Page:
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Adventist Community Services mobilizes support efforts in wake of Typhoon Yutu

Humanitarian group also continues to supply distribution for Hurricane Michael relief

Adventist Community Services mobilizes support efforts in wake of Typhoon Yutu

ACS volunteers lay protective covering over an exposed home. [Photo: Adventist Community Services]

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Devastation brought on by the year’s strongest storm to date, which slammed into the Northern Mariana Islands on October 24, activated response efforts by Adventist Community Services (ACS) in the North American Division’s Guam-Micronesia Mission. The Category 5 Typhoon Yutu destroyed more than 100 homes and buildings, killed two people,* and flooded roads, especially on the Saipan and Tinian islands. Residents also experienced widespread power loss, which continues to persist. The islands, which include Saipan, Tinian, and Rota, are home to more than 52,000 with the vast majority living in Saipan.

"Not surprisingly, we don't have electricity yet," said Mark Bugbee, principal of Saipan Seventh-day Adventist School. Bugbee reported that the school is running its generator when needed. "It is going to take some time to get the school up and running again. Our biggest problem is water," he said. "Our tanks will only last a few days. We are having a work bee on Sunday, and I hope to have quite a bit of the downed trees, and debris cleaned up."

Bugbee added, "But God has been very good to us. Many schools are completely destroyed. We lost our awning, our bleachers, a shed, the roof to the trailer, and have extensive damage to our grounds, but the school building is intact."

Reports have come in that 80 percent of the San Antonio Seventh-day Adventist Church in Saipan has been completely destroyed. [Read a Bible worker's personal account.]

Guam ACS director, Max Mays, has committed to purchasing supplies for the island’s relief efforts. Further, Mays has coordinated efforts with the Ayuda Foundation, a medical non-profit organization in Guam, to secure the transport of the supplies to territory. Currently, ACS in Guam reports that the only flights being allowed into Saipan are humanitarian.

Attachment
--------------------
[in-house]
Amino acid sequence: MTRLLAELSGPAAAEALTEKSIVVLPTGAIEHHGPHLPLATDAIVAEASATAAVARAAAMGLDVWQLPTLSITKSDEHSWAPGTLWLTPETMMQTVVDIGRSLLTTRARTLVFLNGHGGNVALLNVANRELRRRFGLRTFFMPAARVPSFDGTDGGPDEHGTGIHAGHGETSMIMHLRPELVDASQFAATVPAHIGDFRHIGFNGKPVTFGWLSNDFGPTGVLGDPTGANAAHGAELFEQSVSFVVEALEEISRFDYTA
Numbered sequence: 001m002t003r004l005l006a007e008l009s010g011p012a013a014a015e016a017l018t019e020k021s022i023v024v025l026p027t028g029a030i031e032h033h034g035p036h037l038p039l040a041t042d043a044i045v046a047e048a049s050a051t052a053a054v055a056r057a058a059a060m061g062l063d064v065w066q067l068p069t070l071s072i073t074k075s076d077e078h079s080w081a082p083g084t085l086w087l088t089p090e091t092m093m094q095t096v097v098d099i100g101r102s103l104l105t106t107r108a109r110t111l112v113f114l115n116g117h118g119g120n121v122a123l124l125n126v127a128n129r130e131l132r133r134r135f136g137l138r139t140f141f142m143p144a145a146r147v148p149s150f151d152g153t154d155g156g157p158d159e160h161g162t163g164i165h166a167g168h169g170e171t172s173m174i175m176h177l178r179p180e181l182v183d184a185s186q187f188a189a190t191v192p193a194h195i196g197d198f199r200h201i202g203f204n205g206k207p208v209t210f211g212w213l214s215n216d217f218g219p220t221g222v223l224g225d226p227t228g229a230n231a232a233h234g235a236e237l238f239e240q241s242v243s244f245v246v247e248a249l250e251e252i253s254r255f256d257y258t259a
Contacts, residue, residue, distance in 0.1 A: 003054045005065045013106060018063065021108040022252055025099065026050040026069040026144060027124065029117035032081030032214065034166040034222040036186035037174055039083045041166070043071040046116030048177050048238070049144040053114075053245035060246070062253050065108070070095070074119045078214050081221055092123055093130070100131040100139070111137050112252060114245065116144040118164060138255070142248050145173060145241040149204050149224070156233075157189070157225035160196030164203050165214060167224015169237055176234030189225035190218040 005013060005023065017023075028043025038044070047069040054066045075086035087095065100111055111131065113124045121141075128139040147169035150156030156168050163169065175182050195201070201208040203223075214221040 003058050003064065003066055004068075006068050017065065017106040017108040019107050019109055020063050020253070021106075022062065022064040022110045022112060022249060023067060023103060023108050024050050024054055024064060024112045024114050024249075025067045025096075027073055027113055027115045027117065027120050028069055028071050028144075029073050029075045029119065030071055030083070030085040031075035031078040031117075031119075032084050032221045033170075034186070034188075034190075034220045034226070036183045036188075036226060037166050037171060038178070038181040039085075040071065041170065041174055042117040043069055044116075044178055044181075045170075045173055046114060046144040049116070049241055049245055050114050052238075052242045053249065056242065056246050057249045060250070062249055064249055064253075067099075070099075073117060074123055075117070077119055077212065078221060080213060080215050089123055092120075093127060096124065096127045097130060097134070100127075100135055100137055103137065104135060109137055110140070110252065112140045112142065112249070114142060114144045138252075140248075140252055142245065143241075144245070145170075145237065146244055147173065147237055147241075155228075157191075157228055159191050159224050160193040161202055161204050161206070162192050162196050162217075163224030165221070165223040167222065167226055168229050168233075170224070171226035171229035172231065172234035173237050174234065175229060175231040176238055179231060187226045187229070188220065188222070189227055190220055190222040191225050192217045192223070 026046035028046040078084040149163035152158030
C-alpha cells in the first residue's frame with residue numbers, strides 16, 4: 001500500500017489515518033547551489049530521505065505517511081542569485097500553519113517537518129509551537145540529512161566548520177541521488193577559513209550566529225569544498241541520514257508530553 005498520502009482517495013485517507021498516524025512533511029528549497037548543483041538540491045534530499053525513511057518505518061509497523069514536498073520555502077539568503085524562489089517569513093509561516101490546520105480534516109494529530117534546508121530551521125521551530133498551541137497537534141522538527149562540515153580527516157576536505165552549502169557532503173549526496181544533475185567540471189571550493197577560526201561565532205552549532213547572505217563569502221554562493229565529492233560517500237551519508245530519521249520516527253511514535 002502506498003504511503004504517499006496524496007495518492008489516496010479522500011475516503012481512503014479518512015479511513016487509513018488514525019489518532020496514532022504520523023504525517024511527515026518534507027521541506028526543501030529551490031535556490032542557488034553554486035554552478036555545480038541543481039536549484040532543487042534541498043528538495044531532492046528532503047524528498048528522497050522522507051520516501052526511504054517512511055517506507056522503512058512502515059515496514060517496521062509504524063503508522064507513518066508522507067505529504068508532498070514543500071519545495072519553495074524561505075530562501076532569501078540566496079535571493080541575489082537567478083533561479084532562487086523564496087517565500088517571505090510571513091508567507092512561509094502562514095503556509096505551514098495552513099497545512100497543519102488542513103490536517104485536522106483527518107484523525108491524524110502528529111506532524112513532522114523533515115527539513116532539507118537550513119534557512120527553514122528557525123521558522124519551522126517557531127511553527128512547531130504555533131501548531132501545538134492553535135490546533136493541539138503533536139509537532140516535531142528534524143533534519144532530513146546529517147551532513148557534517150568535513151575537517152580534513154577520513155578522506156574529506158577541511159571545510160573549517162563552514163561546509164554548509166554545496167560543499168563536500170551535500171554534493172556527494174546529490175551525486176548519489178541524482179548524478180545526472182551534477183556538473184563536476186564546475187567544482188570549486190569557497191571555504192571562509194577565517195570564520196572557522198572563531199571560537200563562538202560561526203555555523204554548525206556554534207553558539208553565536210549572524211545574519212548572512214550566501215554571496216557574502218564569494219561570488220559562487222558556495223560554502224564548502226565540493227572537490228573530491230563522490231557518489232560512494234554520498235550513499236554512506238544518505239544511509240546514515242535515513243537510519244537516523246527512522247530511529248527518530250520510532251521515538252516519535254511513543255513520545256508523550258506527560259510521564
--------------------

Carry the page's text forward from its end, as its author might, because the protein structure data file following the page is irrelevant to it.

Mission and Division Responses

The storm made landfall as the president of the Guam-Micronesia Mission, Ken Norton, travelled from the Marshall Islands to Tennessee. Once briefed, Norton expressed gratitude for Mays’ work, and thanks ACS for its support.

“Thank you everyone for moving ahead with plans to coordinate help in the aftermath of this storm,” said Norton. “Praise the Lord for the foresight of our NAD ACS leadership in sending funds a couple of months ago that can be accessed immediately for this. And thank you, Max, for your leadership on the ground in Guam.”

NAD sent out appeals for cash assistance that will be shared this Sabbath during church services throughout the division.

Hurricane Michael

ACS Disaster Response is operating six distribution sites in Donalsonville, Georgia, to aid the Hurricane Michael relief efforts. The Category 4 storm struck Florida’s panhandle on October 10 and moved into parts of southern Georgia and up along the east coast of the United States. Local officials estimate that the storm made between 10,000 – 20,000 people homeless.

“NAD is working with several responding conferences to Hurricane Michael and is currently reviewing a number of grant applications that will assist our teams in this present effort,” said W. Derrick Lea, director of NAD ACS DR.

ACS DR has drawn volunteers from Alabama, Georgia, Florida, and California. The volunteers have helped manage the distribution centers. One site served more than 400 people in one day.

“Regardless of what conference they represent, each [blended group of volunteers] is working to deliver superb service to people of all races, faith and economic status,” said Lea.

“Many rural areas still don't have electricity, so their food has all spoiled and they are desperate for supplies,” continued Lea. “There is still a lot of poverty in some of these areas that need to be served.”

Inter-Conference Support

Members of the ACS team are preparing to travel to Panama City, Florida, which experienced substantial damage after Hurricane Michael. Airlink and United Airline are providing free flights through a partnership that was established last year in the aftermath of Hurricane Harvey. The free service will also help transport volunteers from the Northeastern Conference.

According to Lea, efforts of the Southeastern and Florida Conferences coupled with South Central Conference have created a strong unit that will support future relief efforts in Florida.

“The readiness the conferences have showed is encouraging and truly makes us stronger as a whole,” said Lea.

*Article initially reported 100 deaths; that number was significantly lower at two deaths reported as directly related to Typhoon Yutu in the Guam-Micronesia Mission. Updated at 10:03, Nov. 1, 2018.